CAGAYAN DE ORO

Sia: Jumping to conclusions

AT A Facebook book club for Philippine readers, one member asked everyone else to “name a book or books that you have tried reading and forced yourself to finish but couldn’t.” Others chimed in with answers such as Jane Austen’s Emma, Herman Melville’s Moby Dick, and more recent and familiar works like Twilight, The Hunger Games, and Fifty Shades of Grey.

Mine was Filipina author F.H. Batacan’s crime novel Smaller and Smaller Circles, in which two Jesuit priests who happen to be capable of forensic work get called in by the authorities to help investigate a string of murders happening at the infamous Payatas dumpsite. It won the Carlos Palanca Grand Prize for the English Novel in 1999, but was first published in 2002 in novella form by the University of the Philippines Press, and adapted into a feature-length film in 2017.

For those of you attempting to get into reading in general and Philippine literature in particular: I’ll be frank with you and tell you that it is not an easy read, and it’s not just because the novel’s subject matter is gruesome and politically incorrect. The novel’s problem is that it could have been structured better and that it tends to be wanting when it comes to style and ease of reading.

In other words, it is a slog to read.

That said, the novel’s shortcomings are not what I want to discuss here. Rather, it is the reaction of one other member, who to be fair is friendly and shares a lot of my preferences as far as books are concerned. The mere mention of my not liking Batacan’s book very much, however, was enough to upset him, evidenced by the fact that he accused me of somehow having a problem with the whole thing because of my beliefs, and implying that I have poor taste for not holding a Palanca-winning work in very high esteem.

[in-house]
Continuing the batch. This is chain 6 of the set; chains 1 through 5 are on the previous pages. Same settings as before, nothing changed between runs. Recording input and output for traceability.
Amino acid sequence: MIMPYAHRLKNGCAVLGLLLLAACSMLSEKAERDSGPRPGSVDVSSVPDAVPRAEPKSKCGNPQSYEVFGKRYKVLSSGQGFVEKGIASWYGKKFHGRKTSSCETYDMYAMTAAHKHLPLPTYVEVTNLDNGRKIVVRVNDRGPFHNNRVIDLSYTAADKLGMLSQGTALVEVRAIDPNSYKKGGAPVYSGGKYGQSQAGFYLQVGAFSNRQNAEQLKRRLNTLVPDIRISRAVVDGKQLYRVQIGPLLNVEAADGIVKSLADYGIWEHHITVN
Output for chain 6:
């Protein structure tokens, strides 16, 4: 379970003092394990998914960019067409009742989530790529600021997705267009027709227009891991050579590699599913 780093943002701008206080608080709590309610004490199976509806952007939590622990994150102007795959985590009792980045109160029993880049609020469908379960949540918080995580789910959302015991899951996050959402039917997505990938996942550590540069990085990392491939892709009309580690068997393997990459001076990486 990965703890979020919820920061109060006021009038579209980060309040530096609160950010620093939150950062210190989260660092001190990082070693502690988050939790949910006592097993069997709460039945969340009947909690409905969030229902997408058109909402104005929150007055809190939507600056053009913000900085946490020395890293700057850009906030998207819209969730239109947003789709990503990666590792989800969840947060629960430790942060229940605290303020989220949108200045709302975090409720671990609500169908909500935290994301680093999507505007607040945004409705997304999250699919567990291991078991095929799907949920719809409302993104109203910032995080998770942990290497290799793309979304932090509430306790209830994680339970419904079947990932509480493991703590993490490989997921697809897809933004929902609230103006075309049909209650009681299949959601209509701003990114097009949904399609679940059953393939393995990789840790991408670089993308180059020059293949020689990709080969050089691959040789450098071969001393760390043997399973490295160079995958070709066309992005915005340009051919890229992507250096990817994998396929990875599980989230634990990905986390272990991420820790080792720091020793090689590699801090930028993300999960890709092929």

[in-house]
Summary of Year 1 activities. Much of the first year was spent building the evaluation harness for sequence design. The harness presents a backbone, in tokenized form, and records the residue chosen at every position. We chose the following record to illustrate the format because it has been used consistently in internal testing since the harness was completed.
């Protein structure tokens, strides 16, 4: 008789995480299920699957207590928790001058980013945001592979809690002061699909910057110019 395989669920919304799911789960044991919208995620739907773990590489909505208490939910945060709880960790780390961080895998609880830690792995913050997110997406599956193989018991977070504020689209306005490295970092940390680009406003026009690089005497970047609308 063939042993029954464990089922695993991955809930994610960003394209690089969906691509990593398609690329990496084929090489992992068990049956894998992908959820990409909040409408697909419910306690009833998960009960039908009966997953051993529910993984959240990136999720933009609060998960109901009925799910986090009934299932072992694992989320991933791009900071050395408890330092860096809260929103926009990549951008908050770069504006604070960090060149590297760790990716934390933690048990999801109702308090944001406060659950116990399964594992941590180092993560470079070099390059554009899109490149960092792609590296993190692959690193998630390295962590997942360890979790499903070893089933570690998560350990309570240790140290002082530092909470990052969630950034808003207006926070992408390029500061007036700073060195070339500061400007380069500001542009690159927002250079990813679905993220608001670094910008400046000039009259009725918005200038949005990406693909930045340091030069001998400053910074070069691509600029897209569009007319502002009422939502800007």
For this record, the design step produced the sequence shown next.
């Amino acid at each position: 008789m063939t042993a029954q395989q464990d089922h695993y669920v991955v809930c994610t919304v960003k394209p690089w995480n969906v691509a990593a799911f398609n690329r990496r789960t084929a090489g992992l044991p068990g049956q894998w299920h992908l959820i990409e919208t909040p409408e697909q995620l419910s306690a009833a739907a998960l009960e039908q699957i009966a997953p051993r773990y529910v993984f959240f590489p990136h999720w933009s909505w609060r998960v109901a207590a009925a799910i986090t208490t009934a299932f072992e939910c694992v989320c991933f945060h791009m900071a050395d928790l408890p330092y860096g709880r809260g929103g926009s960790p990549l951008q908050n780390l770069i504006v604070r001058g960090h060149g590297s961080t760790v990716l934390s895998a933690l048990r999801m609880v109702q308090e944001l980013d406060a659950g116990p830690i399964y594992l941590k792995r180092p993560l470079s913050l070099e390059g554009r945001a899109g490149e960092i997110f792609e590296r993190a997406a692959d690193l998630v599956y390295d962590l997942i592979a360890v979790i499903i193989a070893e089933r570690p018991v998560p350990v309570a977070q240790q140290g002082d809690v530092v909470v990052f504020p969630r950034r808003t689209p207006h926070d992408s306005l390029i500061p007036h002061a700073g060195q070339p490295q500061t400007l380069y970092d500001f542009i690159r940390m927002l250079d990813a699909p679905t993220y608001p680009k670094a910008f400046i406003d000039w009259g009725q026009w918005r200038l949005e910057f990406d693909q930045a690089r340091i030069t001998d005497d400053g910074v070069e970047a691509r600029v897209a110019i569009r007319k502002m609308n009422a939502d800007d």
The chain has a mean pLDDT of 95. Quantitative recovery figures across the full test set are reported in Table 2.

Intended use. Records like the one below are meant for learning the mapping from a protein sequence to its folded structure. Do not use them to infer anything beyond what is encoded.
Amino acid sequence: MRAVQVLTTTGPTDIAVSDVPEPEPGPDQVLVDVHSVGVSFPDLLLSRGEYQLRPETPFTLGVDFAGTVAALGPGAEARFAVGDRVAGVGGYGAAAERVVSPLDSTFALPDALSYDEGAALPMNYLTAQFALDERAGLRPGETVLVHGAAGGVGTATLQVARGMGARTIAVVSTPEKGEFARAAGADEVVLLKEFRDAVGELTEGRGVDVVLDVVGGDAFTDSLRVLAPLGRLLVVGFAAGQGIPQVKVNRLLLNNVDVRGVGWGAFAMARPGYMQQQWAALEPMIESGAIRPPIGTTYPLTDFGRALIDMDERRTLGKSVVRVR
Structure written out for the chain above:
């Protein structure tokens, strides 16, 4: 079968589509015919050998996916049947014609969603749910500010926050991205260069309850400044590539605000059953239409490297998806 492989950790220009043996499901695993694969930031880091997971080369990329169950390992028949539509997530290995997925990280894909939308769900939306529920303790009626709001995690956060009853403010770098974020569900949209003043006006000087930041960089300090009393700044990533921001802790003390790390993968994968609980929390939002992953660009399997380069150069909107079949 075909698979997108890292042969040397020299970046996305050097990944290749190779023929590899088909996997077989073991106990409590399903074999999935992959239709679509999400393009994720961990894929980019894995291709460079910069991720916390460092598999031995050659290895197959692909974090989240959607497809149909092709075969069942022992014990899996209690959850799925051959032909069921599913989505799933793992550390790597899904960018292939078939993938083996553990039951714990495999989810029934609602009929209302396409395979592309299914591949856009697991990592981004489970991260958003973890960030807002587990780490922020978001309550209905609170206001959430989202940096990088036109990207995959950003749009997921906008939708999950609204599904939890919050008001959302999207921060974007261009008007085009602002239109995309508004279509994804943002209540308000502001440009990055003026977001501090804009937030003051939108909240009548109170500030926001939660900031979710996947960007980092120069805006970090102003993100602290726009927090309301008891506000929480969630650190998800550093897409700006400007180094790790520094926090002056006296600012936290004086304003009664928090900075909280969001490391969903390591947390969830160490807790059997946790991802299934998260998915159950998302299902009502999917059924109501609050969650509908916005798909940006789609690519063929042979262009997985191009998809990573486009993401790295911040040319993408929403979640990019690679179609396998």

First, while I am a Catholic (which I did not bring up in the Facebook discussion because it wasn’t relevant to it at all), the fact that the novel touches on priestly abuses and the freethinking Jesuit approach to things doesn’t disturb me at all. The sexual abuse of young boys by gay priests is a well-established fact.

Also, having attended some Jesuit institutions in my time, I like the fact that the priests of the Society of Jesus, regarded by many as “the Jedi Order of the Catholic Church,” get to be the heroes of the story once more after having the spotlight shone on them in William Peter Blatty’s 1971 opus The Exorcist.

Which, by the way, is more remembered for its film adaptation. I think that’s a little sad.

Second, just because a work won a prestigious award doesn’t mean that it will be universally liked, or that it will be widely regarded as culturally impactful. This does not apply to just Palanca-winning works, but also to those that have won even bigger accolades such as the Academy Award or the Nobel Prize.

However, I reassured him and everyone else that those were just my initial impressions, and that hopefully the book will get better as the story progresses. And while his less-than-friendly assumptions gave me even more motivation to finish and reflect on a book that is of indisputable import according to the literati of our country – even though it really could have been written better – jumping to conclusions is not something we should be doing a lot. We risk alienating others that way, even though we don’t really mean to.

That said, perhaps it’s not too late to make one more New Year’s resolution for 2020. Namely: “don’t make too many assumptions.”


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